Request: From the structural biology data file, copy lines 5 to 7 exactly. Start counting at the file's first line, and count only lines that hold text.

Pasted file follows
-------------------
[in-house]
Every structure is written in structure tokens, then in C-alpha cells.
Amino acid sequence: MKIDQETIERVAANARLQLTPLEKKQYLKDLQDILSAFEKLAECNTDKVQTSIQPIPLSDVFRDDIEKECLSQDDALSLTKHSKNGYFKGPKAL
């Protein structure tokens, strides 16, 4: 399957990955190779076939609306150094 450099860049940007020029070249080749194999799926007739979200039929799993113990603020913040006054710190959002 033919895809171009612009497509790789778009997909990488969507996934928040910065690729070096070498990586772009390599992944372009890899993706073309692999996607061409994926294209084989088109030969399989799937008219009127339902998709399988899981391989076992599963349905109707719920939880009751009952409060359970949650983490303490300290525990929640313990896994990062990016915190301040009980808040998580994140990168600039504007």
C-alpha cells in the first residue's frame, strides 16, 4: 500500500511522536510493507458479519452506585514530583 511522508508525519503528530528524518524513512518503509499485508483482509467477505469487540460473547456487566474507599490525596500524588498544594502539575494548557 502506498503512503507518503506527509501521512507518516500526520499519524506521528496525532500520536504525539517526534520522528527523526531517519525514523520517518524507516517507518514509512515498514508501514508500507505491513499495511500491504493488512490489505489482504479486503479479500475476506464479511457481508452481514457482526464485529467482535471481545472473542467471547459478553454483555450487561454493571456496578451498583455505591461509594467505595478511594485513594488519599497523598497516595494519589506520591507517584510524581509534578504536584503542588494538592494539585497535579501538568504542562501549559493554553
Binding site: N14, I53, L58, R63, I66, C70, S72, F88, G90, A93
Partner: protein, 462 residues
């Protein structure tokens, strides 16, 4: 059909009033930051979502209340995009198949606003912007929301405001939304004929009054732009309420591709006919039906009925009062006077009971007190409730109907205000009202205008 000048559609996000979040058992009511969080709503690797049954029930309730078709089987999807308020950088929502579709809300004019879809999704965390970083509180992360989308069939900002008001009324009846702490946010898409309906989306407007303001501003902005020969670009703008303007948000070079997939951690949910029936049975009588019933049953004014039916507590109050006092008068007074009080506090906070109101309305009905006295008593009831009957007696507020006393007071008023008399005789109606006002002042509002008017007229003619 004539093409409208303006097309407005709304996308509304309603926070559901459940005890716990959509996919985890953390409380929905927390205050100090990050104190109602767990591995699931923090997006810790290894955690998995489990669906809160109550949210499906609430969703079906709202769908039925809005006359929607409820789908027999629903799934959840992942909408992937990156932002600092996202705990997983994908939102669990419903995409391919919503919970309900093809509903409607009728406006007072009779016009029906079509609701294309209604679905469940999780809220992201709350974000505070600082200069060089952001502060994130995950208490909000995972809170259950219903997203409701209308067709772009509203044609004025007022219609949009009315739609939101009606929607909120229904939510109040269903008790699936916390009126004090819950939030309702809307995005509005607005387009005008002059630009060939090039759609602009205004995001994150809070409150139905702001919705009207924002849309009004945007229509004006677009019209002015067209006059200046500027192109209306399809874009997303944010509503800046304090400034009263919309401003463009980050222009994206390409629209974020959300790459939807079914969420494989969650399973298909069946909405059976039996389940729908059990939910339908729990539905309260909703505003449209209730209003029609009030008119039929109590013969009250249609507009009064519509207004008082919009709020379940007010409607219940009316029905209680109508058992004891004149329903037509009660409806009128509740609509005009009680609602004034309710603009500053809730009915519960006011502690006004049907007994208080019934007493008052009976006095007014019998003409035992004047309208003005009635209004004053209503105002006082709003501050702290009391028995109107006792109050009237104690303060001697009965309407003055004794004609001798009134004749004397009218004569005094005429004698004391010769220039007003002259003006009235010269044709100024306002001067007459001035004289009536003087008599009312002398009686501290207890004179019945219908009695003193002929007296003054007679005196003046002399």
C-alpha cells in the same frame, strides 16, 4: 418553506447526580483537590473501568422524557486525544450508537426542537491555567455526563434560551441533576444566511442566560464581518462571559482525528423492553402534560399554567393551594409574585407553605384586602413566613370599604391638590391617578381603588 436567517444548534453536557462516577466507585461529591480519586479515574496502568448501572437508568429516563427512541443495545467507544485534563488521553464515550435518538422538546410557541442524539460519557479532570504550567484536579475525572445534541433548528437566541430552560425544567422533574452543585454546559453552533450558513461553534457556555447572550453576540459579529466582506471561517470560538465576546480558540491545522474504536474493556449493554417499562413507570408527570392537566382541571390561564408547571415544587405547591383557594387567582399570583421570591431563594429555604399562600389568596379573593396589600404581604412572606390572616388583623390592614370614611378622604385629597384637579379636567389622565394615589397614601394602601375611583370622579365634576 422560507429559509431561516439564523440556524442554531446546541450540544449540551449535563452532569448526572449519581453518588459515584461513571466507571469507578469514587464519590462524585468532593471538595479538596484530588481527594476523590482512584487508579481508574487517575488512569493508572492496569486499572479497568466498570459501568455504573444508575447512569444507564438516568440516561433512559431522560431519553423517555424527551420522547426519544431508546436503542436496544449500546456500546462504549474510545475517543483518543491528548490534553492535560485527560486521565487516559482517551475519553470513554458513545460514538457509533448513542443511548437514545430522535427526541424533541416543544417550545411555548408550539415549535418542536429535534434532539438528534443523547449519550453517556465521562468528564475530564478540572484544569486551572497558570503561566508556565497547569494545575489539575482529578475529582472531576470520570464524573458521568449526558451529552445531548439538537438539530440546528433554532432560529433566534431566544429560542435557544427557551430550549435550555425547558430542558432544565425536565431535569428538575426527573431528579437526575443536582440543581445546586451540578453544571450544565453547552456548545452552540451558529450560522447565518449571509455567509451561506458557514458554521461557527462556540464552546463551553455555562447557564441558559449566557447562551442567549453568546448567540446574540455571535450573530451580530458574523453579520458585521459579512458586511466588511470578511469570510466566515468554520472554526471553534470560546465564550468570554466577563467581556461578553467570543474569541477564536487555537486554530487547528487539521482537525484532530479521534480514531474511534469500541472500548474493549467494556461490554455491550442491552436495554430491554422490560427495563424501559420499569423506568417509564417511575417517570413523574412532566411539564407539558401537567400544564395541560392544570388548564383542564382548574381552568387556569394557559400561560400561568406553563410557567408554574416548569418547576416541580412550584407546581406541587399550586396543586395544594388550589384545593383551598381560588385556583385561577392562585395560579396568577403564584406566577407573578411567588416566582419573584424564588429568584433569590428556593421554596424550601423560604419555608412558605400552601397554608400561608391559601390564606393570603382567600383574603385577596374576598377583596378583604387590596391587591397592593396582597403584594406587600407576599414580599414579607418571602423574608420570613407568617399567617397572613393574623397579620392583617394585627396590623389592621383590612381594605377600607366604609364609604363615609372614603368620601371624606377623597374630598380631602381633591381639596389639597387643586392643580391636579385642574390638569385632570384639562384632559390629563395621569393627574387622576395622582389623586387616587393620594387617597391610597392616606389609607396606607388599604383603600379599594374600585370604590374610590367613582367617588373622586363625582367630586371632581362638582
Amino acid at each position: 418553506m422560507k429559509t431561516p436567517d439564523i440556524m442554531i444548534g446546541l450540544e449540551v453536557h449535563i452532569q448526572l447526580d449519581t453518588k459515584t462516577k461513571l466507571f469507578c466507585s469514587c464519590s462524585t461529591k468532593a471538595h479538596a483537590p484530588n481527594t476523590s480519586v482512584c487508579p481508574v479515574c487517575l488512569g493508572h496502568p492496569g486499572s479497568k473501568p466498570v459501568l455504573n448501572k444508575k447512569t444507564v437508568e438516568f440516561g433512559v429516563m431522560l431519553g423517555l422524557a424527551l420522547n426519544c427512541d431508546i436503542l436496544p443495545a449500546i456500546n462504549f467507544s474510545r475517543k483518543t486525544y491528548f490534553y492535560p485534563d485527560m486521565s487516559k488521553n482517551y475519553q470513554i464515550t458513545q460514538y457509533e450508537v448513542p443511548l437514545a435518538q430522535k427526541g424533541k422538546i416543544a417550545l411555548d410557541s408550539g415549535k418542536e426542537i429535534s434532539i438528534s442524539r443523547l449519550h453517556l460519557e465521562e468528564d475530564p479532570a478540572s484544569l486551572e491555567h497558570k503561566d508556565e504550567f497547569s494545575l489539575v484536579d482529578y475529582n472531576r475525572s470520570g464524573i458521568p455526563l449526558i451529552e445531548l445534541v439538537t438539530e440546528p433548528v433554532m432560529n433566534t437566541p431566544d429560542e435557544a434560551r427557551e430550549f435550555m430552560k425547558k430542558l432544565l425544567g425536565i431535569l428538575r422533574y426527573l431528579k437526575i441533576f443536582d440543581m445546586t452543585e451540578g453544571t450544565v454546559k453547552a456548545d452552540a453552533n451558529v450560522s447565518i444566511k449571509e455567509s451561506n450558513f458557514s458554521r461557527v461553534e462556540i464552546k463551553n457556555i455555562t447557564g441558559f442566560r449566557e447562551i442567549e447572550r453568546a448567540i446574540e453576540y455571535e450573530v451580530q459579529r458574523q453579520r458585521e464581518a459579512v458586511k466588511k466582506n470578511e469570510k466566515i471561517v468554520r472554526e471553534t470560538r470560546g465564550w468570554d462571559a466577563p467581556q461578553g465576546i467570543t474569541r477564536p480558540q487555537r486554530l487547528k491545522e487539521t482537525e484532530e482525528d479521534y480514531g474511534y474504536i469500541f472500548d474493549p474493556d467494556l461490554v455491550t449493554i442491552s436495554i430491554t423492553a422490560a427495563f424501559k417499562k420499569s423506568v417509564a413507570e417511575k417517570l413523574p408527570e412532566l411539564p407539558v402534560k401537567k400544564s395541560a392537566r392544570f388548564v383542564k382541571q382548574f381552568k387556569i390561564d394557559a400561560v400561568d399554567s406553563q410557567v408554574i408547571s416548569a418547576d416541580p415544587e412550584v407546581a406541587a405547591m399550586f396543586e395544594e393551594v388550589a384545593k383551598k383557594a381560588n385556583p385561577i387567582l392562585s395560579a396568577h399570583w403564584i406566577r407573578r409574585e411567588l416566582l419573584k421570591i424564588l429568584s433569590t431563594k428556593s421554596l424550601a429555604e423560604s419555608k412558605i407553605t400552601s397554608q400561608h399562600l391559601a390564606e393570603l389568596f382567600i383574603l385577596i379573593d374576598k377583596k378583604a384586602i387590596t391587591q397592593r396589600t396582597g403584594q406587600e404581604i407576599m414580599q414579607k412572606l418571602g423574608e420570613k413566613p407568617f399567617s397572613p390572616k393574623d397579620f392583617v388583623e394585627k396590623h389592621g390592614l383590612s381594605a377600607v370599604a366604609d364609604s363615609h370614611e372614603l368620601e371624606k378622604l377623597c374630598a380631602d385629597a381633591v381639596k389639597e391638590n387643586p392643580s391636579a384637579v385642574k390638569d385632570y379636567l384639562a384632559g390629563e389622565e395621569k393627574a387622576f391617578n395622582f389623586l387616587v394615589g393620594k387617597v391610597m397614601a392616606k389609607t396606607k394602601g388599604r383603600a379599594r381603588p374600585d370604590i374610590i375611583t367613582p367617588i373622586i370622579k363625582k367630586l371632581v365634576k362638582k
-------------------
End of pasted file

C-alpha cells in the first residue's frame, strides 16, 4: 500500500511522536510493507458479519452506585514530583 511522508508525519503528530528524518524513512518503509499485508483482509467477505469487540460473547456487566474507599490525596500524588498544594502539575494548557 502506498503512503507518503506527509501521512507518516500526520499519524506521528496525532500520536504525539517526534520522528527523526531517519525514523520517518524507516517507518514509512515498514508501514508500507505491513499495511500491504493488512490489505489482504479486503479479500475476506464479511457481508452481514457482526464485529467482535471481545472473542467471547459478553454483555450487561454493571456496578451498583455505591461509594467505595478511594485513594488519599497523598497516595494519589506520591507517584510524581509534578504536584503542588494538592494539585497535579501538568504542562501549559493554553
Binding site: N14, I53, L58, R63, I66, C70, S72, F88, G90, A93
Partner: protein, 462 residues